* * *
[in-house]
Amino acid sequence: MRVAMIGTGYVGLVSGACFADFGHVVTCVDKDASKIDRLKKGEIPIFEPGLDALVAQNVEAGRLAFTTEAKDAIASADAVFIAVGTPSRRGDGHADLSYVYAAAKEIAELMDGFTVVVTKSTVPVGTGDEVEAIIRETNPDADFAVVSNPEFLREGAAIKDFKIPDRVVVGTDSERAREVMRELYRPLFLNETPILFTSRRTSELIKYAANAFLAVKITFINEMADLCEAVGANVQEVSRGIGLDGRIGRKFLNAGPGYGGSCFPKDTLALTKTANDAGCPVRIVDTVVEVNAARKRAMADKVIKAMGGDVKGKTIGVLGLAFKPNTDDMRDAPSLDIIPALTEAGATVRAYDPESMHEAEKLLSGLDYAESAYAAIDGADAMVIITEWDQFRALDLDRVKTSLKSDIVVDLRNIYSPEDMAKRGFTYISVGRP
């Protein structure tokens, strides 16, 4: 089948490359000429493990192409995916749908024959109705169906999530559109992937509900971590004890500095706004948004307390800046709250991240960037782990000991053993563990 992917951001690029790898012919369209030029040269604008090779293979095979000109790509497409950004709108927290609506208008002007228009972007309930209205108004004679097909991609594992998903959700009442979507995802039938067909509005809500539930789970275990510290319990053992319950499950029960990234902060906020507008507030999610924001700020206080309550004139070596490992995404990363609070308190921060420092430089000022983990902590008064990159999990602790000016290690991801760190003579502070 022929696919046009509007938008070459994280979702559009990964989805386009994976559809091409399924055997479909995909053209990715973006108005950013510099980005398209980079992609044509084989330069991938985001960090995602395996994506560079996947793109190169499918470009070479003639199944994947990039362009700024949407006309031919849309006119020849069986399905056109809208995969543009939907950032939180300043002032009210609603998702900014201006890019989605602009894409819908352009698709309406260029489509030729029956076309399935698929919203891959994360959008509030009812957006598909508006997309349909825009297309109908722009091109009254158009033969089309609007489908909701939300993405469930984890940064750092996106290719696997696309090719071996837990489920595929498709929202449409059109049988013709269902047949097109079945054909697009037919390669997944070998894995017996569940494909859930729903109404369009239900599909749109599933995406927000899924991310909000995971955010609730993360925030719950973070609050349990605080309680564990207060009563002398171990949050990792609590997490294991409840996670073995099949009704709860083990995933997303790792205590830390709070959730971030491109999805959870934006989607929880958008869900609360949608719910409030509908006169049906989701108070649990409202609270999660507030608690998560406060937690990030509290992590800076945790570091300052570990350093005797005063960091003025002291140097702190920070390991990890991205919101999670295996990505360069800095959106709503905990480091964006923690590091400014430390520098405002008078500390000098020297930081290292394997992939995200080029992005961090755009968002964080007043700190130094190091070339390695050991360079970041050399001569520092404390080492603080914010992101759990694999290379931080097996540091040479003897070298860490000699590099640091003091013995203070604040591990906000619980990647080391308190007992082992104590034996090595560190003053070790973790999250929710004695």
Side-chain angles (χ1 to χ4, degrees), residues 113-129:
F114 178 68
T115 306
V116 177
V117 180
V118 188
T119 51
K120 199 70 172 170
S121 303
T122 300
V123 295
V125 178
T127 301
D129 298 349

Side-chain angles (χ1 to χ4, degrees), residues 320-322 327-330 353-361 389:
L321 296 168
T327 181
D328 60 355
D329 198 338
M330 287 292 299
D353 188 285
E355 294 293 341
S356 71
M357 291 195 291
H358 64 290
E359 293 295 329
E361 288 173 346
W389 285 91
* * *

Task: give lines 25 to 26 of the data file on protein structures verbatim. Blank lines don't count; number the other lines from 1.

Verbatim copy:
E355 294 293 341
S356 71